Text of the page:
It’s no fun being on the bubble for the NCAA tournament and having to wait more than a week to find out your fate, but Tulane women’s basketball coach Lisa Stockton put a positive spin on it this weekend.

Consider the alternative.

“As nerve-wracking as it is to be on the bubble, it’s worse to be off of it,” she said. “I’ve told the kids I want them to have fun with it. They’ve earned the opportunity to be talked about.”

The bracket will be revealed at 6 p.m. Monday on ESPN. The WNIT is available as a consolation, but the Green Wave (22-10) hopes to land its first NCAA bid since winning the Conference USA tournament in 2010. The Wave has not received an at-large bid since 2003.

Whether the streak ends is up in the air. ESPN bracketologist Charlie Crème listed Tulane as the second-to-last team in the field Saturday night, and everything broke in the Wave’s favor this weekend. Five conference top seeds that either would have or could have received at-large bids won their tournament finals.

Some of those games were agonizingly close. Western Kentucky (30-4) won three times in the Conference USA tournament by a combined eight points. Green Bay (28-4) beat Wright State in overtime in the Horizon League final. Arkansas-Little Rock (28-4) rallied past Arkansas State 78-72 in the Sun Belt final.

If the Wave deserved a bid in the eyes of the selection committee before the weekend, nothing happened to change that view.

Still, not knowing is agonizing.

“It’s almost anxiety throughout the week,” senior guard Jamie Kaplan said. “You know you have a great shot, so you’re putting all the work in, You just hope on Monday that your name gets called.”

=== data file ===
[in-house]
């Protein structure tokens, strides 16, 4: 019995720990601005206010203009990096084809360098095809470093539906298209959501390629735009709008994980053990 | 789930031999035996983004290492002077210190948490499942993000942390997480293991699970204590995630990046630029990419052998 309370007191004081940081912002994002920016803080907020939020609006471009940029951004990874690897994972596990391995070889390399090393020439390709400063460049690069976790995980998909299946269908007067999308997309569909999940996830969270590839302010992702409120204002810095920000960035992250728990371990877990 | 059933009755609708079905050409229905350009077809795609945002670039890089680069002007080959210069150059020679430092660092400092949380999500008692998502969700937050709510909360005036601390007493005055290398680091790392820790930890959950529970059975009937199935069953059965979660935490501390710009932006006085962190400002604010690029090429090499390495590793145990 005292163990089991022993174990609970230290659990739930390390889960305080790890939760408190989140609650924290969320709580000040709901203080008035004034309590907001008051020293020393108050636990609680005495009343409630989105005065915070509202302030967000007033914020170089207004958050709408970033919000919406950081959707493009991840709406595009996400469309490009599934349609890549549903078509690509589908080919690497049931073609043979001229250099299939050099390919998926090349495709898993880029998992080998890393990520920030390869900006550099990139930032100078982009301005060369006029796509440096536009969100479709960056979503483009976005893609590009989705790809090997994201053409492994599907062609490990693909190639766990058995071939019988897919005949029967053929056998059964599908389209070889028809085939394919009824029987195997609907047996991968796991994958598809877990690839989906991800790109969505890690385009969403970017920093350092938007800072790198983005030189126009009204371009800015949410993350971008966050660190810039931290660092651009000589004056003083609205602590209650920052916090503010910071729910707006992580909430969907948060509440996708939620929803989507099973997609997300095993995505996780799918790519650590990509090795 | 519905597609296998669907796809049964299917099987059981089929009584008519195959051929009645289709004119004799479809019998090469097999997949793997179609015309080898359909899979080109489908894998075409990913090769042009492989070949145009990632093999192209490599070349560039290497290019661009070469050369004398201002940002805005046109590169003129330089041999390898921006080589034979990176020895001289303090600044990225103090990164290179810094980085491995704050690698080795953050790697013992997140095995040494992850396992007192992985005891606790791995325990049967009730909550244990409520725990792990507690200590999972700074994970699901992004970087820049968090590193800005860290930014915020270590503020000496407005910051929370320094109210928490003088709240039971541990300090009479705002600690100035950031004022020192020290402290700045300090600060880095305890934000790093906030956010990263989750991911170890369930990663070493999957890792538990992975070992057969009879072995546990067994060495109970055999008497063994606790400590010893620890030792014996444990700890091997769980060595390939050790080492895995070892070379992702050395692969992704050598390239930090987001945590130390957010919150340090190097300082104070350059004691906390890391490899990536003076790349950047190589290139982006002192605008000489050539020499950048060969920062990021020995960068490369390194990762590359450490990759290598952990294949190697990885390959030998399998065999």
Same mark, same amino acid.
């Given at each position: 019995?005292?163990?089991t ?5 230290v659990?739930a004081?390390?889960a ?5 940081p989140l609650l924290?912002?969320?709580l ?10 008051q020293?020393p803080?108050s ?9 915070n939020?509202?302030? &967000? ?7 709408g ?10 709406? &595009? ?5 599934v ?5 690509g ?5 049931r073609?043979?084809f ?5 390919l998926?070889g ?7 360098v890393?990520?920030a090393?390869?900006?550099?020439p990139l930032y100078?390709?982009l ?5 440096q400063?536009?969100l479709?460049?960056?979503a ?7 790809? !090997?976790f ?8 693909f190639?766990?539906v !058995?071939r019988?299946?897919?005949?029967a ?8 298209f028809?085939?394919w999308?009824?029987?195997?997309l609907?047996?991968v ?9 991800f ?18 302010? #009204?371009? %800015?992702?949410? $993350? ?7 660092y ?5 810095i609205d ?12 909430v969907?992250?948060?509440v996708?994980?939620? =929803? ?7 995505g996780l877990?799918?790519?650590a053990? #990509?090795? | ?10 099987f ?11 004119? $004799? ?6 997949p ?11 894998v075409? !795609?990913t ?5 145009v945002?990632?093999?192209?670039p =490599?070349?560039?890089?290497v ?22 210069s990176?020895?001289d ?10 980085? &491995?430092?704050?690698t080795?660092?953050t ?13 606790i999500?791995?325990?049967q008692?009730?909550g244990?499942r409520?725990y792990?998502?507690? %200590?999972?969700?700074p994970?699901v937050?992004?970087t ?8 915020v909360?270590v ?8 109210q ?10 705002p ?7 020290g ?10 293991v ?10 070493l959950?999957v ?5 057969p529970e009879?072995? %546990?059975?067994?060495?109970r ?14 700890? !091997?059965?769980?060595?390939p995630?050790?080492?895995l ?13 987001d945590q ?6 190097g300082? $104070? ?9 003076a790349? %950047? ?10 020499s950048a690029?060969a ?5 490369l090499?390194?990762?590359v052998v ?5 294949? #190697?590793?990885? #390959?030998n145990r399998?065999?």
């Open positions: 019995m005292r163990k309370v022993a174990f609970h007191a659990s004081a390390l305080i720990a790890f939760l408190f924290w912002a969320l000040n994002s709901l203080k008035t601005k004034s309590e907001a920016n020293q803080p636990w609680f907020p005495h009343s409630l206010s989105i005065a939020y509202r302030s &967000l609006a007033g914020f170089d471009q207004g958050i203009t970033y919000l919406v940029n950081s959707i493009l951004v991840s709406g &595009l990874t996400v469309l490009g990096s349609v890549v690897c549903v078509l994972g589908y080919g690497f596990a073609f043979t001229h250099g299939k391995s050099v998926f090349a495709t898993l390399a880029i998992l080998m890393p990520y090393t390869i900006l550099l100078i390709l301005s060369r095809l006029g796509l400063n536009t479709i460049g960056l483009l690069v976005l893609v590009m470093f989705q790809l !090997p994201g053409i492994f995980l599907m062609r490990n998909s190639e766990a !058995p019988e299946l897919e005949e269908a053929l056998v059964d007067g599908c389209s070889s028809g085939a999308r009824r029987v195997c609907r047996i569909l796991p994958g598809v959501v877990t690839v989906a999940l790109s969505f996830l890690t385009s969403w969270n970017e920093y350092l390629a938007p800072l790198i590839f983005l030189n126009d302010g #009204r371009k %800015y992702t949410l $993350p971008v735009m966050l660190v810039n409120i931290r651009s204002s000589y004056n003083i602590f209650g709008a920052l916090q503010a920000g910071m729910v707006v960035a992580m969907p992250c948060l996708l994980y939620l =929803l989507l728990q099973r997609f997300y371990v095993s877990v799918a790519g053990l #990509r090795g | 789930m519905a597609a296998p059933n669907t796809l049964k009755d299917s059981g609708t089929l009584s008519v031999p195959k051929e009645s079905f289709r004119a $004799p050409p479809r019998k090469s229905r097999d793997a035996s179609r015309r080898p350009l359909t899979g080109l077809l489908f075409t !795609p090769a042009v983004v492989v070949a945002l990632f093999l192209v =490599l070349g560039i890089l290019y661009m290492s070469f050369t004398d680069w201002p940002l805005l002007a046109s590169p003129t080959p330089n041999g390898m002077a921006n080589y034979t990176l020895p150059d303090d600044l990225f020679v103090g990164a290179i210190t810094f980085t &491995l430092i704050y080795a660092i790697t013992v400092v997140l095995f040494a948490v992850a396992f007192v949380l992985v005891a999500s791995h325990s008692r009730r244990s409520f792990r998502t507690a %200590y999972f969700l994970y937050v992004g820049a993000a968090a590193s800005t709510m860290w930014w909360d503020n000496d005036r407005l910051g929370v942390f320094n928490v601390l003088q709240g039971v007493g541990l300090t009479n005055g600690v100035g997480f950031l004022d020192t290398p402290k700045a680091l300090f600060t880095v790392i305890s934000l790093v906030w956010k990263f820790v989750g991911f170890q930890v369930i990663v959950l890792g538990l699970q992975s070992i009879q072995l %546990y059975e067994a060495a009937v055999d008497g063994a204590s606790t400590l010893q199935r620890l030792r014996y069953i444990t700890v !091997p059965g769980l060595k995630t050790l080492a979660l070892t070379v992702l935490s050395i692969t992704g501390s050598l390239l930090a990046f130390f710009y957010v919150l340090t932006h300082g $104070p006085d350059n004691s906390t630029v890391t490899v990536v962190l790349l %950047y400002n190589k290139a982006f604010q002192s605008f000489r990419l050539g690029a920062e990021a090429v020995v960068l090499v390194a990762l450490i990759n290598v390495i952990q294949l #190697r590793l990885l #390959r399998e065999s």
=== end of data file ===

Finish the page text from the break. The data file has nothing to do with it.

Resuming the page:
In Tulane’s favor: a win at LSU; a victory at Arkansas-Little Rock, which won the rest of its home games; a win over fellow bubble team Miami; and a series of quality losses. Tulane fell twice to No. 1 Connecticut, three times to projected five-seed South Florida, plus Western Kentucky and Atlantic Coast Conference runner-up Florida State (29-4).

The major drawback: Tulane finished tied for fifth in the American Athletic Conference, which has no other teams under consideration besides UConn and South Florida.

Stockton said she had informed the selection committee the teams seeded third through fifth in the AAC tournament — Tulsa, Temple and East Carolina — played each other only once, while Tulane faced the other top five teams in the league at least twice, skewing the standings.

Other than that, she knows the decision is out of her control. The Wave practiced with that uncertainty Wednesday, Thursday and Friday before resting over the weekend.

“They (the committee) looks at what they want to look at,” Stockton said. “Hopefully they look at things we try to point out.”